On September 9, 1994, the United States and Cuba agreed to “normalize” migration between the two countries. The agreement codified the new U.S. policy of placing Cuban refugees in safe havens outside the United States, while obtaining a commitment from Cuba to discourage Cubans from sailing to America. In addition, the United States committed to admitting a minimum of 20,000 Cuban immigrants per year. That number is in addition to the admission of immediate relatives of U.S. citizens.

On May 2, 1995, a second agreement with the Castro government paved the way for the admission to the United States of the Cubans housed at Guantanamo, who were counted primarily against the first year of the 20,000 annual admissions committed to by the Clinton Administration. It also established a new policy of directly repatriating Cubans interdicted at sea to Cuba. In the agreement, the Cuban government pledged not to retaliate against those who are repatriated.

These agreements with the Cuban government led to what has been called the Wet Foot-Dry Foot Policy, whereby Cubans who make it to shore can stay in the United States – likely becoming eligible to adjust to permanent residence under the Cuban Adjustment Act. However, those who do not make it to dry land ultimately are repatriated unless they can demonstrate a well-founded fear of persecution if returned to Cuba. However, because it was stated that Cubans were escaping for political reasons, this policy did not apply to Haitians, who the government claimed were seeking asylum for economic reasons.

Since then, the Latin and Caribbean-friendly atmosphere in Miami has made it a popular destination for tourists and immigrants from all over the world, and the third-biggest immigration port in the country after New York City and Los Angeles. In addition, large immigrant communities have settled in Miami from around the globe, including Europe, Africa, and Asia. The majority of Miami's European immigrant communities are recent immigrants, many living in the city seasonally, with a high disposable income. For example, Miami's Italian-born community numbers only around 45,000, but it is the wealthiest Italian American community in the United States.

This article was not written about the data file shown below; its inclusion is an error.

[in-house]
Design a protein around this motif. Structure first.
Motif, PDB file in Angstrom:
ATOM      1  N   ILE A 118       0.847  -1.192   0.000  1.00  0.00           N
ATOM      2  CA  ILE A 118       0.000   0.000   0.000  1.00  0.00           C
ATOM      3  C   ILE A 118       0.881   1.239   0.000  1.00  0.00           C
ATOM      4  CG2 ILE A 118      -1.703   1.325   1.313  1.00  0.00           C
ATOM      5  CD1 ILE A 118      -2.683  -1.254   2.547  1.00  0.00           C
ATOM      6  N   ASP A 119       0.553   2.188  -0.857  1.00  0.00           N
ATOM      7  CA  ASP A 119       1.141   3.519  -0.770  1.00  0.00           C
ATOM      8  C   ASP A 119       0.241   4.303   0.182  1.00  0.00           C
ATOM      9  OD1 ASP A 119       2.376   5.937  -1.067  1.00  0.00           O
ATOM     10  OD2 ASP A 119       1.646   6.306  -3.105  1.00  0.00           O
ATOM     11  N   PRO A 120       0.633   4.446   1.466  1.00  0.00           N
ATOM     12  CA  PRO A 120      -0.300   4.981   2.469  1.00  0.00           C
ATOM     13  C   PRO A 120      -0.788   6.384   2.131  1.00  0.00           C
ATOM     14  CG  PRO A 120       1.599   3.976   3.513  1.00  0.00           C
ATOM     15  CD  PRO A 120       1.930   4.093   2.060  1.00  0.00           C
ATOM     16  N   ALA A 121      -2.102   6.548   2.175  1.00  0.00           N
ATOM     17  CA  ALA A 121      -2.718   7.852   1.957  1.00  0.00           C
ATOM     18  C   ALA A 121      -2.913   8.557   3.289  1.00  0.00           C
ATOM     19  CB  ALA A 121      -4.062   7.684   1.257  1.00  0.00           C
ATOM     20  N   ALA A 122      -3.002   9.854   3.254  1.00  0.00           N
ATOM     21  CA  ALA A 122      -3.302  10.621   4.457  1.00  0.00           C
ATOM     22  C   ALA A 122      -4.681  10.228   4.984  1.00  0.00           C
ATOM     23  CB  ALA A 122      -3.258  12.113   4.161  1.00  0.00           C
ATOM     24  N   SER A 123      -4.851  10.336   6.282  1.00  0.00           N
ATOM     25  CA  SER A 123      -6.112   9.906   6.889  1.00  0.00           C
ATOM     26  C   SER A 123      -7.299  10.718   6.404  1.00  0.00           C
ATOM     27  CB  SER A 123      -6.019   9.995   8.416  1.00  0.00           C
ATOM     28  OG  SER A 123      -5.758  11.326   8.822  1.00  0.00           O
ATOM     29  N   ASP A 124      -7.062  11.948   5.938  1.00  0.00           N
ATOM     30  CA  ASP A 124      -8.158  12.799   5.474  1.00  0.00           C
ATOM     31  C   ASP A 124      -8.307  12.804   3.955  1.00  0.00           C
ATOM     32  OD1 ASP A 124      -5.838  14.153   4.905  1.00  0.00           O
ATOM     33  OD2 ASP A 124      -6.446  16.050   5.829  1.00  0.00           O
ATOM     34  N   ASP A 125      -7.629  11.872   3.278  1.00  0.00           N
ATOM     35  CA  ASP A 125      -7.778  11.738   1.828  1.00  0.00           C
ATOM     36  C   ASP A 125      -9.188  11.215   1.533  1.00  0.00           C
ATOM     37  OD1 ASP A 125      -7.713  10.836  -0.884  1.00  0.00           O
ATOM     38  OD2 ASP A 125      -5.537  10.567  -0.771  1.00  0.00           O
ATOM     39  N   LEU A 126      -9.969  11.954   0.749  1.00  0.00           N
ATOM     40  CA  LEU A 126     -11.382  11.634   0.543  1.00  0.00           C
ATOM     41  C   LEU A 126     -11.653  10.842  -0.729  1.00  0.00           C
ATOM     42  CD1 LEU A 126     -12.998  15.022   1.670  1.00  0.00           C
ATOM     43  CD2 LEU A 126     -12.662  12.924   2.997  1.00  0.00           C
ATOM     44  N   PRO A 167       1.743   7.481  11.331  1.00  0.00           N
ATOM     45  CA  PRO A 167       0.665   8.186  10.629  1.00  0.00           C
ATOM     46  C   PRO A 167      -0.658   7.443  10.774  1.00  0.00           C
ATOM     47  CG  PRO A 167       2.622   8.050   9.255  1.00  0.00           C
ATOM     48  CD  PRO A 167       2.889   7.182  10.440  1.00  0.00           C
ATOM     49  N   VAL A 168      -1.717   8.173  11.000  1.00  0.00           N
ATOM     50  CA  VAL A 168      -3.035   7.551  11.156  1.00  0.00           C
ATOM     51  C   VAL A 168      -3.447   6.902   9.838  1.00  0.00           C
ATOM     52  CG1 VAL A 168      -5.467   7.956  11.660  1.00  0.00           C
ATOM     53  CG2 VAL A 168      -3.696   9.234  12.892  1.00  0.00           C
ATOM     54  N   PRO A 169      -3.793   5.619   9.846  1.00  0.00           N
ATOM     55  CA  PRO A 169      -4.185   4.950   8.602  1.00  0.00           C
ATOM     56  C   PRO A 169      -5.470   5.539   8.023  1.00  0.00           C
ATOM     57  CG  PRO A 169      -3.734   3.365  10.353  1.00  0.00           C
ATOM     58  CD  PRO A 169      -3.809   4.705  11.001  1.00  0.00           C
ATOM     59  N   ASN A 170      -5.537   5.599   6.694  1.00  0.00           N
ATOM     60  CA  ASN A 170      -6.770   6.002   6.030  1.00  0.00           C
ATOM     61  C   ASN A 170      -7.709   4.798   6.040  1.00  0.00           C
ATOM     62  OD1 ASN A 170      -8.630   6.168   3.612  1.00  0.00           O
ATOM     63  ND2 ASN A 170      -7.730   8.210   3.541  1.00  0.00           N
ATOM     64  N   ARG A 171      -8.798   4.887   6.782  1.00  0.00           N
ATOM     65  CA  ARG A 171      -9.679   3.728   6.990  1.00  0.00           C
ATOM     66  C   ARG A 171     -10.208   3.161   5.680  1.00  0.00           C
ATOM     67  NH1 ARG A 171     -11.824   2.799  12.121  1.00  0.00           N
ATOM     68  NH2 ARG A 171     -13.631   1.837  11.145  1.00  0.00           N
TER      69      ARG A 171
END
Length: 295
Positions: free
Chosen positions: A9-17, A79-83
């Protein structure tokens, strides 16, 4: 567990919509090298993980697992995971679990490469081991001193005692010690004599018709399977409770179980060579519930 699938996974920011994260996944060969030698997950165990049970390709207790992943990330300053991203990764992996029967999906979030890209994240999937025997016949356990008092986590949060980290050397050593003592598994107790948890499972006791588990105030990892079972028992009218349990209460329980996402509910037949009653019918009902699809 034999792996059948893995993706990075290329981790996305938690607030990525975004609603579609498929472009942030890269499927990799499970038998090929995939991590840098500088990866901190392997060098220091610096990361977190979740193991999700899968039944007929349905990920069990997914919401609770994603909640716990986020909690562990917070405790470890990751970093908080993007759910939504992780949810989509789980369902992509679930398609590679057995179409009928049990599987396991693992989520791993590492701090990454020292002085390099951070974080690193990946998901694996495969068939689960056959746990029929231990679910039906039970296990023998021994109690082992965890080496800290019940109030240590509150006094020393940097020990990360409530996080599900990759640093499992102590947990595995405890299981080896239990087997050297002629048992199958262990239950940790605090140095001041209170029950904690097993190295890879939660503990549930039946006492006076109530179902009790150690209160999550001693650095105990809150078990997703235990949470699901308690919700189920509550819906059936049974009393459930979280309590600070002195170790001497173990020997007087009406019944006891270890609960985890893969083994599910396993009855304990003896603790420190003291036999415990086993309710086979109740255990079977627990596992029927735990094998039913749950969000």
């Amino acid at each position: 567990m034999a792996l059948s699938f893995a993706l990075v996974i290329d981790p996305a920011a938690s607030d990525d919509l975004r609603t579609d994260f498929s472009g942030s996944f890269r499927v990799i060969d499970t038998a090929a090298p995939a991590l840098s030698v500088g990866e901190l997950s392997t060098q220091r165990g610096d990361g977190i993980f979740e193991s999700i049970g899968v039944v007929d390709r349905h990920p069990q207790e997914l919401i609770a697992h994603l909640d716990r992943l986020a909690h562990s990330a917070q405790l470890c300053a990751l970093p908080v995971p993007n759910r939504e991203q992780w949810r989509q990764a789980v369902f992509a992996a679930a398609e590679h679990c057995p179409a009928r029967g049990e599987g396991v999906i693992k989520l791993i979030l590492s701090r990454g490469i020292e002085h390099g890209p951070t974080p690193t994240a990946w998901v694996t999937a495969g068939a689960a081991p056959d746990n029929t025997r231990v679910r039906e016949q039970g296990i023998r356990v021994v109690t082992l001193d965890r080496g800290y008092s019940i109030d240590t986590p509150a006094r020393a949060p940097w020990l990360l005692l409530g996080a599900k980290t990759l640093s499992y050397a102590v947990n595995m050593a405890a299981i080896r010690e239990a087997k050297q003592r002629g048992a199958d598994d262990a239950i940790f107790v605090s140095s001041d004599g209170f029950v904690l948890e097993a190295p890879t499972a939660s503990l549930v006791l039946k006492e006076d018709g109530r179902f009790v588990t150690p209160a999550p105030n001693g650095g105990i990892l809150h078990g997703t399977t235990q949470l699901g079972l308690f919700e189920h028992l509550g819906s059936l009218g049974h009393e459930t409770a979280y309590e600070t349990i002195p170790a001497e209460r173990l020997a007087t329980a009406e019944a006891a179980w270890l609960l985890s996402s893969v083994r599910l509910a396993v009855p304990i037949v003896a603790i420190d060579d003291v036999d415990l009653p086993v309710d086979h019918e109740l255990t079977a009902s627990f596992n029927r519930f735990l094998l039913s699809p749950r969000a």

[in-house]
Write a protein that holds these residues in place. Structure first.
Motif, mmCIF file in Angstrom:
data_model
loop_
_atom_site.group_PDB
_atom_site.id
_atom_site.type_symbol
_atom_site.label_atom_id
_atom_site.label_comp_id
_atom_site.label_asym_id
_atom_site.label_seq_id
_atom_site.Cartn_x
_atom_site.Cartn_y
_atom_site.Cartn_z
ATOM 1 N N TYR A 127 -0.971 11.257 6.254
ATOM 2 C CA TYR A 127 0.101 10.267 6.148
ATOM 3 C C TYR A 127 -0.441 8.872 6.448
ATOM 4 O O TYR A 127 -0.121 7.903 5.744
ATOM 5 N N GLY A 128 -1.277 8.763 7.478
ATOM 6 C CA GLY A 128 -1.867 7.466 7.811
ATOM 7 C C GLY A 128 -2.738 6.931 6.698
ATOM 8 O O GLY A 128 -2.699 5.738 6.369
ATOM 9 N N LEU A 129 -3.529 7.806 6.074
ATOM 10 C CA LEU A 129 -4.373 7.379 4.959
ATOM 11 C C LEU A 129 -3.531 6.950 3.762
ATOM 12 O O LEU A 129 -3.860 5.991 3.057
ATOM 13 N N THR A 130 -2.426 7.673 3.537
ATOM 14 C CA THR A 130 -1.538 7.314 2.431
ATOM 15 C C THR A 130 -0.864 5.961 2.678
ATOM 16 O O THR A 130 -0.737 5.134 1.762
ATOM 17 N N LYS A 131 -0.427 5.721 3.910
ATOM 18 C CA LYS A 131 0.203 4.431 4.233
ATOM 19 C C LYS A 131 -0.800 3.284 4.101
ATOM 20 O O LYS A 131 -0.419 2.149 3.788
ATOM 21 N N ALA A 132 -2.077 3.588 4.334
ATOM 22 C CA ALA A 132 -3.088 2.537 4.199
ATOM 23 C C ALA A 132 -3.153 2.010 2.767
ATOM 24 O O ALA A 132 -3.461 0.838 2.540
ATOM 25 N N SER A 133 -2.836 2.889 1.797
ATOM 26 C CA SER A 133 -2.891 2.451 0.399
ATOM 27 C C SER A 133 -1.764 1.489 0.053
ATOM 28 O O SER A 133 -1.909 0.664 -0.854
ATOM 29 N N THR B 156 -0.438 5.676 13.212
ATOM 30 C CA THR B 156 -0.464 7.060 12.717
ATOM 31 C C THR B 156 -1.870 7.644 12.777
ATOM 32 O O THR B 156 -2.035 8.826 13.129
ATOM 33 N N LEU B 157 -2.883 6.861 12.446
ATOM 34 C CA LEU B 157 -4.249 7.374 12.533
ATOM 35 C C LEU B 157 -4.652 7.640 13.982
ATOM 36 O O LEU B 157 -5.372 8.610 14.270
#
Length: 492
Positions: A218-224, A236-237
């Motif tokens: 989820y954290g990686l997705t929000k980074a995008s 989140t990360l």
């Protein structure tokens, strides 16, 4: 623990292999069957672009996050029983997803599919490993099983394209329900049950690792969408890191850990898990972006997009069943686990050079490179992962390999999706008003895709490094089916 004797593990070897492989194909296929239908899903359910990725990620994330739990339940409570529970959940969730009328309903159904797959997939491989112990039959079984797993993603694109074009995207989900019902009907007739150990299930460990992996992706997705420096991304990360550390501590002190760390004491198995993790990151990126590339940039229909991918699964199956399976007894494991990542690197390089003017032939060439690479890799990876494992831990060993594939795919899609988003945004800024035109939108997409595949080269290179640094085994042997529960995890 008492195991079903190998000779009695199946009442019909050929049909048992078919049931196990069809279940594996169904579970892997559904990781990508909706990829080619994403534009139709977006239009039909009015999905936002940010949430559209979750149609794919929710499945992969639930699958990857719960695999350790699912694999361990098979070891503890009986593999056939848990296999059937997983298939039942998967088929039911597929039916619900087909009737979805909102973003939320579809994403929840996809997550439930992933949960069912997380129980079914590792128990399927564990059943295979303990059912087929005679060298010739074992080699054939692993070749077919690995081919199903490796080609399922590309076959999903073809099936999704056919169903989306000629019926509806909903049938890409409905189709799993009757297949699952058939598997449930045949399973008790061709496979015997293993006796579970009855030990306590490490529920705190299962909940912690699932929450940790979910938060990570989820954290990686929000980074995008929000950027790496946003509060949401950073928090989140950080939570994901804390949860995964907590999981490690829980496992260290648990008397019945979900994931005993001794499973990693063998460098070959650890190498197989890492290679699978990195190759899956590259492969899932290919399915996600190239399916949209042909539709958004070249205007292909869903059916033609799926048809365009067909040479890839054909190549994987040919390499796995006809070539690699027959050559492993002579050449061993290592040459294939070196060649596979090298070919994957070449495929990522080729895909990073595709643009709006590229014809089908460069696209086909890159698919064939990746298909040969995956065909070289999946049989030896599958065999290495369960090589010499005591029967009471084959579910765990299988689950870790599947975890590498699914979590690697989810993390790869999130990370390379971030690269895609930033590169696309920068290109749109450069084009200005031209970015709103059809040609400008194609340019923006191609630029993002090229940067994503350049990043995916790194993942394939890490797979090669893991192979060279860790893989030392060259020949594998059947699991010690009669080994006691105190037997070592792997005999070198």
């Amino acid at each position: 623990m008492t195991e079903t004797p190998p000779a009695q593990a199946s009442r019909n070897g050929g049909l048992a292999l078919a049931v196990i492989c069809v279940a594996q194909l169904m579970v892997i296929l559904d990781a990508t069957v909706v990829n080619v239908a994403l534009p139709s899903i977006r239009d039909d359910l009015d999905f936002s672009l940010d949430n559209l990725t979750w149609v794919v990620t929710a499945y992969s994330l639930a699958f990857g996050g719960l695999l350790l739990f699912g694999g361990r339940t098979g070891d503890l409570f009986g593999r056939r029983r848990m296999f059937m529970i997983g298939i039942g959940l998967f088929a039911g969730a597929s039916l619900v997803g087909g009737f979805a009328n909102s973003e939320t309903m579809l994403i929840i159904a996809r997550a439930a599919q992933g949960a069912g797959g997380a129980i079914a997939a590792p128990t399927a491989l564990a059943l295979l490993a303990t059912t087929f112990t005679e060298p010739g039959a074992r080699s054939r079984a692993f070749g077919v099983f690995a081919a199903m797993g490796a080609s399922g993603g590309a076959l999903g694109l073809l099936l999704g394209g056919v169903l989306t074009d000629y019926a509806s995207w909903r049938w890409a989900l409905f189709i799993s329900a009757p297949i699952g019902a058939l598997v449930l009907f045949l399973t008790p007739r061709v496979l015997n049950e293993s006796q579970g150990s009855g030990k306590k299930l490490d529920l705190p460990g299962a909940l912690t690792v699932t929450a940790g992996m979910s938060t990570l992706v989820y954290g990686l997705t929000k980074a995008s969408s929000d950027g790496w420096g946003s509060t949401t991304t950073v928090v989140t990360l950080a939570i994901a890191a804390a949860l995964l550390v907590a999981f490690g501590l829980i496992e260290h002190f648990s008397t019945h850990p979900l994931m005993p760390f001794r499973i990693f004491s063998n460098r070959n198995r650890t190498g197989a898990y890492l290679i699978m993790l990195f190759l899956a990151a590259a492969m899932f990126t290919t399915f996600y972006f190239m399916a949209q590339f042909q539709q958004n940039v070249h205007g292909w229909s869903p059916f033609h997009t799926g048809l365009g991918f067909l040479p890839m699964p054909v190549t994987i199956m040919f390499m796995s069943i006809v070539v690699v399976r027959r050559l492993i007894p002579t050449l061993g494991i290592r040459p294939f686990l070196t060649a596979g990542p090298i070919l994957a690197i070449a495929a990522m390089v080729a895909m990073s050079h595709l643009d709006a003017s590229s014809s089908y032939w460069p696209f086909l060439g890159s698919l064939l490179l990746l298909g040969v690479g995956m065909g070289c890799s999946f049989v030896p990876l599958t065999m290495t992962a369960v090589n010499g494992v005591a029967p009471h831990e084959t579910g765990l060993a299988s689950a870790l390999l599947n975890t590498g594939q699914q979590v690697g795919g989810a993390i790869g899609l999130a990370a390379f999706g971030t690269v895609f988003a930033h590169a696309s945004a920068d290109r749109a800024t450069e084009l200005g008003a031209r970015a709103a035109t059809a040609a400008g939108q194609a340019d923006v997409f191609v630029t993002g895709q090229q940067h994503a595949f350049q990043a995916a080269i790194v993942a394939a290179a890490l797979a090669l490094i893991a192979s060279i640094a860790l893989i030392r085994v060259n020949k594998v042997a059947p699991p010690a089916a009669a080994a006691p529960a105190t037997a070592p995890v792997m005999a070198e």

Today there are sizable legal and illegal populations of Argentinians, Bahamians, Barbadians, Brazilians, Colombians, Cubans, Dominicans, Dutch, Ecuadorians, French, Haitians, Jamaicans, Israelis, Italians, Nicaraguans, Peruvians, Russians, South Africans, Turks, and Venezuelans throughout the metropolitan area. While commonly thought of as mainly a city of Hispanic and Caribbean immigrants, the Miami area is home to the largest Finnish, French, and South African immigrant communities in the United States; as well as one of the largest Israeli, Russian, and Turkish communities.

Miami Vice

Hurricane Andrew

In the 1980s, Miami became the United States' largest transshipment point for cocaine from Colombia, Bolivia, and Peru. The drug industry brought billions of dollars into Miami, which were quickly funneled through dummy businesses and into the local economy. Luxury car dealerships, five-star hotels, condominium developments, swanky nightclubs, and other signs of prosperity began rising all over the city. As the money arrived, so did a violent crime wave that lasted through the early 1990s and that has only begun to die down in the 21st century. A classic fictional example of this is the 1983 gangster film, Scarface.

The popular television program Miami Vice, which dealt with counter-narcotics agents in an idyllic upper-class rendition of Miami, spread the city's image as America's most glamorous tropical paradise. This image began to draw the entertainment industry to Miami, and the city remains a hub of fashion, filmmaking, and music.

In the 1990s, various crises struck South Florida: drug wars, tourist shootings, Hurricane Andrew, the Elián González uproar, and, most recently, the controversial 2003 FTAA negotiations.

Geography and climate

Geography

Downtown Miami as seen from Watson Island

The City of Miami and its suburbs are located on a broad plain between the Florida Everglades and Biscayne Bay that also extends from Florida Bay north to Lake Okeechobee. The elevation of the area never rises above 15ft (4.5m) and averages at around 3ft (0.91m) above sea level in most neighborhoods especially near the coast. The main portion of the city lies on the shores of Biscayne Bay which contains several hundred natural and artificially created barrier islands, the largest of which contains the city of Miami Beach and its famous South Beach district. The Gulf Stream, a warm ocean current, runs northward just 15 miles (24.1km) off the coast, allowing the city's climate to stay warm and mild all year.